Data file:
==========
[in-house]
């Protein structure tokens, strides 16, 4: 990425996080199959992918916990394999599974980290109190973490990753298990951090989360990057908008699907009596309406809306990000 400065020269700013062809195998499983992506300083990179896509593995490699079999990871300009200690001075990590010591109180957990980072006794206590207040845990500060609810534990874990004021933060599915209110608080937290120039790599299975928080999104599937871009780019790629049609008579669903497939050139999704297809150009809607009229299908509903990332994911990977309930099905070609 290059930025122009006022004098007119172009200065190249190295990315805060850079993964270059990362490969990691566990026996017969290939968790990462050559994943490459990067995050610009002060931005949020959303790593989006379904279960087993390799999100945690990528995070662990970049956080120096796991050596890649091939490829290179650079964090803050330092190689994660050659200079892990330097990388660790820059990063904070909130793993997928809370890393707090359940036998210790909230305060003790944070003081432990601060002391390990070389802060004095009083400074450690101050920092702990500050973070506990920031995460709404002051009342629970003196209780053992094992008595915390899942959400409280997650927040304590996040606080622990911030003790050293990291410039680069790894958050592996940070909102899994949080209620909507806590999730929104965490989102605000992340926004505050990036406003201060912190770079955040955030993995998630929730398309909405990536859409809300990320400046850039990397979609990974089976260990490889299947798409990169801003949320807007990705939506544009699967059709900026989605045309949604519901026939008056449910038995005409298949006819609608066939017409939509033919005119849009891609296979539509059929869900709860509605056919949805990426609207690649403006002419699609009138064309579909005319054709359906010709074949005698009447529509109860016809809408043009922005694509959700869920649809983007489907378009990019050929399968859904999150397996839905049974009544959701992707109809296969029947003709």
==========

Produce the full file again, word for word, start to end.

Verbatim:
[in-house]
């Protein structure tokens, strides 16, 4: 990425996080199959992918916990394999599974980290109190973490990753298990951090989360990057908008699907009596309406809306990000 400065020269700013062809195998499983992506300083990179896509593995490699079999990871300009200690001075990590010591109180957990980072006794206590207040845990500060609810534990874990004021933060599915209110608080937290120039790599299975928080999104599937871009780019790629049609008579669903497939050139999704297809150009809607009229299908509903990332994911990977309930099905070609 290059930025122009006022004098007119172009200065190249190295990315805060850079993964270059990362490969990691566990026996017969290939968790990462050559994943490459990067995050610009002060931005949020959303790593989006379904279960087993390799999100945690990528995070662990970049956080120096796991050596890649091939490829290179650079964090803050330092190689994660050659200079892990330097990388660790820059990063904070909130793993997928809370890393707090359940036998210790909230305060003790944070003081432990601060002391390990070389802060004095009083400074450690101050920092702990500050973070506990920031995460709404002051009342629970003196209780053992094992008595915390899942959400409280997650927040304590996040606080622990911030003790050293990291410039680069790894958050592996940070909102899994949080209620909507806590999730929104965490989102605000992340926004505050990036406003201060912190770079955040955030993995998630929730398309909405990536859409809300990320400046850039990397979609990974089976260990490889299947798409990169801003949320807007990705939506544009699967059709900026989605045309949604519901026939008056449910038995005409298949006819609608066939017409939509033919005119849009891609296979539509059929869900709860509605056919949805990426609207690649403006002419699609009138064309579909005319054709359906010709074949005698009447529509109860016809809408043009922005694509959700869920649809983007489907378009990019050929399968859904999150397996839905049974009544959701992707109809296969029947003709």